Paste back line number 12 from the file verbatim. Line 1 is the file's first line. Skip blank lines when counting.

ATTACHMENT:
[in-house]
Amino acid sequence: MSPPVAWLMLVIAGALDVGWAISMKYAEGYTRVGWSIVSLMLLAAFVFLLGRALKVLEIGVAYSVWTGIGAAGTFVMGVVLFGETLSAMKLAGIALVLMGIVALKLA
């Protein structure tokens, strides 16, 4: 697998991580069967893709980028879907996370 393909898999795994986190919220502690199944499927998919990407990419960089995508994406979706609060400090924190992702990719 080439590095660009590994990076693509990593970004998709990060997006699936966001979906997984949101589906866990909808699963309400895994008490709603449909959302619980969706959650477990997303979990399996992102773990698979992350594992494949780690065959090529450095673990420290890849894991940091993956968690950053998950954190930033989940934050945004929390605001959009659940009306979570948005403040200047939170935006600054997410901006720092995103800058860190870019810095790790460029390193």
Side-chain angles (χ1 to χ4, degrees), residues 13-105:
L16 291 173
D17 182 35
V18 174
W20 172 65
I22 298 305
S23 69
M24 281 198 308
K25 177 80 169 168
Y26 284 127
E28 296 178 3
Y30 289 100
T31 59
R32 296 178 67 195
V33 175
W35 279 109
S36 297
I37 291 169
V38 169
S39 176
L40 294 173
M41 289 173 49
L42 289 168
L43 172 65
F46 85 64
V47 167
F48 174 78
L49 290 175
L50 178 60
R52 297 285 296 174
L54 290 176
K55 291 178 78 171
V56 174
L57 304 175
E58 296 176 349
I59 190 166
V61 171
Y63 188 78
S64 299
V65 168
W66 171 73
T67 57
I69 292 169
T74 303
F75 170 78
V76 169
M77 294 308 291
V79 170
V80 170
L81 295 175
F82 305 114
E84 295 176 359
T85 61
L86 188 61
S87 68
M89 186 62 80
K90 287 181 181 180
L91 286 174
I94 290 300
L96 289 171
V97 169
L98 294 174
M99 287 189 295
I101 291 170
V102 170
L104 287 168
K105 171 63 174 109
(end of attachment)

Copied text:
K25 177 80 169 168